A look at Apple's less heinous transgressions

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This article appeared in the July 2018 issue of CRN magazine.

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A look at Apple's less heinous transgressions

COMMENT  |  You may have heard the news recently that Apple was fined nine million Australian dollars over the “Error 53” brouhaha, in which customers were told (falsely) that getting their iPhones and iPads repaired by anyone other than Apple voided their warranty, removed their rights as consumers and forfeited their first-born children to Cupertino (it’s there in the fine print!).

We now understand, of course, that this is not the case, and a competent repair conducted by a third-party service provider does not void a warranty. Fines are to be paid, customers compensated and families reunited. It’s a happy story all round.

Of course this is not the first time that Apple has been handed a financial penalty. In fact, it’s one of the more trivial ones, in the grand Apple-shaped scheme of things. A couple of years ago Apple lost a patent dispute with the University of Wisconsin over certain features of the processors in iPhones and faced penalties totalling nearly US$1 billion.

More recently than that, the sweet tax deal Apple had with the government of Ireland saw it slammed with a fine by the European Union worth €13 billion. I don’t know about you, but that’s more than I make in an entire week.

Nine million Australian dollars starts to look like petty cash, doesn’t it? Shake out the cushions of Tim Cook’s sofa you’d probably find that, along with about 12 Apple TV remotes.

More importantly, the $9 million fine came with a declaration by the ACCC that the use of competent third-party repairers does not void Apple’s warranties. That is a victory for consumers, as it gives them the option of shopping around for competitive prices and better-located repairers rather than having to travel to the nearest Apple Store and pay the Apple Price.

It’s also a victory for the channel, which has been squeezed harder and harder into smaller and smaller niches of the Apple ecosystem ever since Apple retail stores opened in Australia. It’s not a huge victory — iPhone screen repair is still a niche — but it means there’s a space in the walled garden where Apple has to let others play. A win is a win and we’ll take it.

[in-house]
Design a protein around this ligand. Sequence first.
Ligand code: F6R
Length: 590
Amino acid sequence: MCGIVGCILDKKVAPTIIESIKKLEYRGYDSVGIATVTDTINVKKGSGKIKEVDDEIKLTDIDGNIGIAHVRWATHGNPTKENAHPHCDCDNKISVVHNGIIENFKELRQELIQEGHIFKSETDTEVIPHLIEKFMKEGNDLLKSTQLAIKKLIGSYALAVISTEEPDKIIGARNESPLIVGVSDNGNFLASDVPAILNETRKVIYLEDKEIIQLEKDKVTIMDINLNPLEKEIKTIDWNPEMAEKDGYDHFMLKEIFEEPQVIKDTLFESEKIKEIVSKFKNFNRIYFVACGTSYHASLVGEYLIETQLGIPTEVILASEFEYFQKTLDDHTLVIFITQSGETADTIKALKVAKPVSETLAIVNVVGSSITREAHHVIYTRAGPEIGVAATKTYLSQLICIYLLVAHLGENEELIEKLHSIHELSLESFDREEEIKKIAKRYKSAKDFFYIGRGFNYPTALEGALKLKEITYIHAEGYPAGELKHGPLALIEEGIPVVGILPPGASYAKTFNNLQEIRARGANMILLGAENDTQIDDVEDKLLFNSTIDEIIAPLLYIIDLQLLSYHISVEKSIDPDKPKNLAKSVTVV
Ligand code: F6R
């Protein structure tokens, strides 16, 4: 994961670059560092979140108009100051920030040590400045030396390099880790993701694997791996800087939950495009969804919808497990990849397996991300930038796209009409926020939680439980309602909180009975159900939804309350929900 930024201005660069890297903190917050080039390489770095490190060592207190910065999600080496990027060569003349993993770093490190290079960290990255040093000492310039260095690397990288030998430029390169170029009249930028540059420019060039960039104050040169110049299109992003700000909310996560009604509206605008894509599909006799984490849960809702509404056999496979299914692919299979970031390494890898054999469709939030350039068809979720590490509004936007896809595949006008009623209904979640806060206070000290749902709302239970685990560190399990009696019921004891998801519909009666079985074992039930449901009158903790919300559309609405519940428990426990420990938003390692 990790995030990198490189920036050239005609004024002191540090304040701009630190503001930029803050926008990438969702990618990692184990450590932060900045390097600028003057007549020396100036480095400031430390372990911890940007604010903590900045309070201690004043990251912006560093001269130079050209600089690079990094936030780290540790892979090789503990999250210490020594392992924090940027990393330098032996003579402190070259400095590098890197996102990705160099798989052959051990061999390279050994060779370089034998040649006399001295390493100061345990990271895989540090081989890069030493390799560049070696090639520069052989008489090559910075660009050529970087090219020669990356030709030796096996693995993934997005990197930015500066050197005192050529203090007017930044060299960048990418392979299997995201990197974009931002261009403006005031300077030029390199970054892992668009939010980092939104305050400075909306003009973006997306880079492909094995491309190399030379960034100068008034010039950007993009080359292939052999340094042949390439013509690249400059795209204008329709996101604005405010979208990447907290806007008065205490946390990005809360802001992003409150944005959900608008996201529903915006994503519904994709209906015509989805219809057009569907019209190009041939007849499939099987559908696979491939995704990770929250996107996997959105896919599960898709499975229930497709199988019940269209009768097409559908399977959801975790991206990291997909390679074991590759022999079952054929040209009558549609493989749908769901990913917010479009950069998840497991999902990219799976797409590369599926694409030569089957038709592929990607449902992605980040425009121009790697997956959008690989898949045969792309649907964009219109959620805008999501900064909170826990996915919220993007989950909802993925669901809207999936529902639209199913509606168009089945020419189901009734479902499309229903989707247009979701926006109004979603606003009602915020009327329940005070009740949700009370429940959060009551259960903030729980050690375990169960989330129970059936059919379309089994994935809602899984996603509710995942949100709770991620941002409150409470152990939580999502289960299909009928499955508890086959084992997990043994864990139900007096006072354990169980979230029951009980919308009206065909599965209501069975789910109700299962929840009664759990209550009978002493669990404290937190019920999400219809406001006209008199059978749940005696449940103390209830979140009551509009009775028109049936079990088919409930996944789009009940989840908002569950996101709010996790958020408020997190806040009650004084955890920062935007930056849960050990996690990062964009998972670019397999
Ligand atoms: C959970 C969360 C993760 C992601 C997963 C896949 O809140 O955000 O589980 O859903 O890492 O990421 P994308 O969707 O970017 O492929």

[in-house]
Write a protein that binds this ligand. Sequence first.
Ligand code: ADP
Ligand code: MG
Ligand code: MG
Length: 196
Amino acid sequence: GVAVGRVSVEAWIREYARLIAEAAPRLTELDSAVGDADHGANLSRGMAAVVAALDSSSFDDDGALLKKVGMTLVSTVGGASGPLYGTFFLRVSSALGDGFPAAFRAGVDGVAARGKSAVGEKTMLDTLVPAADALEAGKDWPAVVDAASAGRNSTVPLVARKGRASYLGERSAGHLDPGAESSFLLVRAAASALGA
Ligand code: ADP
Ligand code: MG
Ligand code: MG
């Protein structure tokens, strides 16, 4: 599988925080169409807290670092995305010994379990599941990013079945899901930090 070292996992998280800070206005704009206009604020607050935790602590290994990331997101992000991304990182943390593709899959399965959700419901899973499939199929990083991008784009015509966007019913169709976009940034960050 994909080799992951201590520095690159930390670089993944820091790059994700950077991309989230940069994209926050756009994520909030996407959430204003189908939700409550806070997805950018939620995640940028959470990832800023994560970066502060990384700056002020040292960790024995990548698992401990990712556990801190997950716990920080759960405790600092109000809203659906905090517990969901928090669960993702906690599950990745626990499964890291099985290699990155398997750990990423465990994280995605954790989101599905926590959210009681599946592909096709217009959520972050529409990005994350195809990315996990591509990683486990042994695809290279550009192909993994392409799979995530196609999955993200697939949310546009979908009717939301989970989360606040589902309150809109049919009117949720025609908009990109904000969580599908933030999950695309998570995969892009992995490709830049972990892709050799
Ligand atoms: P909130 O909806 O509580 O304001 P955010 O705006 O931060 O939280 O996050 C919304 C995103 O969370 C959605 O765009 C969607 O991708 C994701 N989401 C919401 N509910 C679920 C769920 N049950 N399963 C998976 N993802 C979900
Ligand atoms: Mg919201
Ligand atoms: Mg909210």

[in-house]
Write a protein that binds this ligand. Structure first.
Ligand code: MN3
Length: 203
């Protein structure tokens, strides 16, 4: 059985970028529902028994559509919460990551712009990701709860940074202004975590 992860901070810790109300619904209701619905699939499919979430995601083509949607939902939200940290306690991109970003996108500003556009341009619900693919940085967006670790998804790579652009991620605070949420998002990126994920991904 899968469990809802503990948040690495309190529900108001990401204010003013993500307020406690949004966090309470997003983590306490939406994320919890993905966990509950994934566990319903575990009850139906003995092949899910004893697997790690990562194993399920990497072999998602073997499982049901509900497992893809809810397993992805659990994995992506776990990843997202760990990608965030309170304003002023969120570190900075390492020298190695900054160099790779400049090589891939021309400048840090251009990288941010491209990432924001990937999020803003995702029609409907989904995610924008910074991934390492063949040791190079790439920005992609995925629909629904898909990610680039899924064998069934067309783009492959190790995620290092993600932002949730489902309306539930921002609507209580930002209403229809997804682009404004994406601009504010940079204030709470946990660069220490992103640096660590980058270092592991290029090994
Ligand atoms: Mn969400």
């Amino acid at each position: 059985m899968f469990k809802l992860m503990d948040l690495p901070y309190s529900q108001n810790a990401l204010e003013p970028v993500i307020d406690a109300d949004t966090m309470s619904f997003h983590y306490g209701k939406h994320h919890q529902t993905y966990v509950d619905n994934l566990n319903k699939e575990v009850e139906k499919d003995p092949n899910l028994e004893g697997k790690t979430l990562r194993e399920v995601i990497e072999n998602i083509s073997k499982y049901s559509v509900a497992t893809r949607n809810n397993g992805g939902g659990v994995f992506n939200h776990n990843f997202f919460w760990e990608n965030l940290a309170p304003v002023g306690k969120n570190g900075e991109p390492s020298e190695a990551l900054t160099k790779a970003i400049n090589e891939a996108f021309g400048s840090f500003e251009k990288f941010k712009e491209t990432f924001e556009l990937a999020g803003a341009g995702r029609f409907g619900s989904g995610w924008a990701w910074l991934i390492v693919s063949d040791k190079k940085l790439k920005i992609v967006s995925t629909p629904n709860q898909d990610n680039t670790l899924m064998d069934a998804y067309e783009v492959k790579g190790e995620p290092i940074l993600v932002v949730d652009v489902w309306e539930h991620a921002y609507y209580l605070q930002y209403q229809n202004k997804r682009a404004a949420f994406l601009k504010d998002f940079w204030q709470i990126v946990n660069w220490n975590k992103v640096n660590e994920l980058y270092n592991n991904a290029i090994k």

But while we’re penalising Apple for its many transgressions, I suspect there are a few more that ought to be addressed. For instance, imagine that you are a person with only one AppleID — the way Apple wants you to be. Imagine that you use that AppleID for purchases from the iTunes Store as well as for email and iCloud storage and everything. Good little citizen, you.

Now imagine that you have an older-style Apple TV — the second or third generation. If you implement two-factor authentication on your iCloud account, as Apple wants you to do to protect your confidential emails and valuable whatnot in your iCloud storage, you will need to enter a code in order to log in to the iTunes Store on your Apple TV.

The code is six digits long.

The Apple TV interface gives you four spaces to put the digits in.

Your only solution is to deactivate two-factor authentication, which will mean changing your password. If you want that sweet sweet two-factor protection for all your naughty selfies in iCloud, you need to buy a newer Apple TV. Apple will not update the software on older Apple TVs to allow six-digit codes to be entered.

Surely that’s worth a fine?

Or how about the current Magic Mouse, with the inbuilt rechargeable battery? No need (or possibility) to buy third-party rechargeables anymore. When it’s out of juice just plug it in and away you go.

No, really, away you go. Go away. The port for charging is not on the end of the mouse — like, you know, where the cable of every wired mouse ever made has ever been positioned. No, the design geniuses in Cupertino put the port on the bottom of the mouse, so that while it’s charging it can’t be placed flat on a desk. So that it can’t be used.

Hope your battery runs out at a time when you can afford to go get a sandwich or a cup of tea, because you are not getting any work done.

Enforced lack of productivity has to be punishable, right?

Nine million ought to cover it.

Matthew JC Powell is a technology commentator, philosopher and father of two, in no particular order

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